Around ten years ago — from nineteen to twenty, I’d been really into reading French poetry. Baudelaire, Verlaine, Jacques Prévert, Paul Éluard, and Apollinaire...Rimbaud was one of them I chose. My friend at that time likes a translation by Hideo Kobayashi, so that I naturally took it, too.
Particularly we repeatedly discussed his remarkable poem “Eternity”. If you was familiar with French cinema, particularly Nouvelle Vague, you would remember Pierrot the madman directed by Jean-Luc Godard in which the poem is cited at the final scene. The poem begins with these lines below.
It has been found again.
What? – Eternity.
It is the sea fled away
With the sun.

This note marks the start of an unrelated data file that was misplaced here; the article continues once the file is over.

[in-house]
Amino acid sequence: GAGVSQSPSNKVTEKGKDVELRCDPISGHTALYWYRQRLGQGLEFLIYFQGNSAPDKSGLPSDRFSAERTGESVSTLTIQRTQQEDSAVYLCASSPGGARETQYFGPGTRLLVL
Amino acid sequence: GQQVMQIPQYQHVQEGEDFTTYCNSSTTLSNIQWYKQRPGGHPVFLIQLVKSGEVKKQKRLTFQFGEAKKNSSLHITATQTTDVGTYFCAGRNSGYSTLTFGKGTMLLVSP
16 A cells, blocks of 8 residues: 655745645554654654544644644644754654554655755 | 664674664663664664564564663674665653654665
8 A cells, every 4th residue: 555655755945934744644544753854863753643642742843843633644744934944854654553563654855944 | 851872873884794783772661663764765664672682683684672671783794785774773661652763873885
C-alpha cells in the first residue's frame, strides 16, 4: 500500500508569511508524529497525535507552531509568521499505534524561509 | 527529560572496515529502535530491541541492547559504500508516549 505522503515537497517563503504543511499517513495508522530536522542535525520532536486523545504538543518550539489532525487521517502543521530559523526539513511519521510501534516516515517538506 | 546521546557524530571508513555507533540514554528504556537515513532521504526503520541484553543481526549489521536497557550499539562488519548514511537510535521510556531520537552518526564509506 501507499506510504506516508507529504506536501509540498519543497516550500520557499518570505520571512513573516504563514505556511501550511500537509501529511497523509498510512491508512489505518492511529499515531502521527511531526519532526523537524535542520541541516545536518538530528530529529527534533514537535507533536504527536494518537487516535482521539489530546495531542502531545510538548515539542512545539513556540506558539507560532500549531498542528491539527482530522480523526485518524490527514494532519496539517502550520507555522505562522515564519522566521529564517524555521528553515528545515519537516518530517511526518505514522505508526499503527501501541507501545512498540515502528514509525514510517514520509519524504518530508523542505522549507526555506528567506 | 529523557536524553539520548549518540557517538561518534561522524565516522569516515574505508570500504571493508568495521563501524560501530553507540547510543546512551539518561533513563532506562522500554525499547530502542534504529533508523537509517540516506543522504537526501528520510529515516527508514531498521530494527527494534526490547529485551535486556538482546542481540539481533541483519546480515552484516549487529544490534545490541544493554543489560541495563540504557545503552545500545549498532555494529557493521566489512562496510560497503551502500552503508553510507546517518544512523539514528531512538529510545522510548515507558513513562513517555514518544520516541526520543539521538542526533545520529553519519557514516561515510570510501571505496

Why we picked it again and again is due to this phrase — “found again”. Original line in French is “Elle est retrouvée”: it means, in direct translation, “It is re-found”. And we can tell that “found again” suggests it was found once, which enables us to understand that it could be found again if one had lost it.
Besides, it is a general creative manner of poetry that the first stanza is recurred in the final stanza. Therefore it takes us to the beginning again. Such circular structure is the representation of the theme, that is to say, “Eternity” in which something is repeated perpetually. Rimbaud shows the theme itself through the structure of the poem. Emily Brontë also uses the circular structure to show the system of life that a lively branch is born and grew over withered one. Her theme is “Eternity” as well.
While the homosexual relation between Rimbaud and Verlaine is always emphasised, he left lots of exquisite poems like “Sensation”, “The Drunken Boat”. As to a Japanese translation, in addition to Kobayashi’s, Chuya Nakahara is also my recommendation.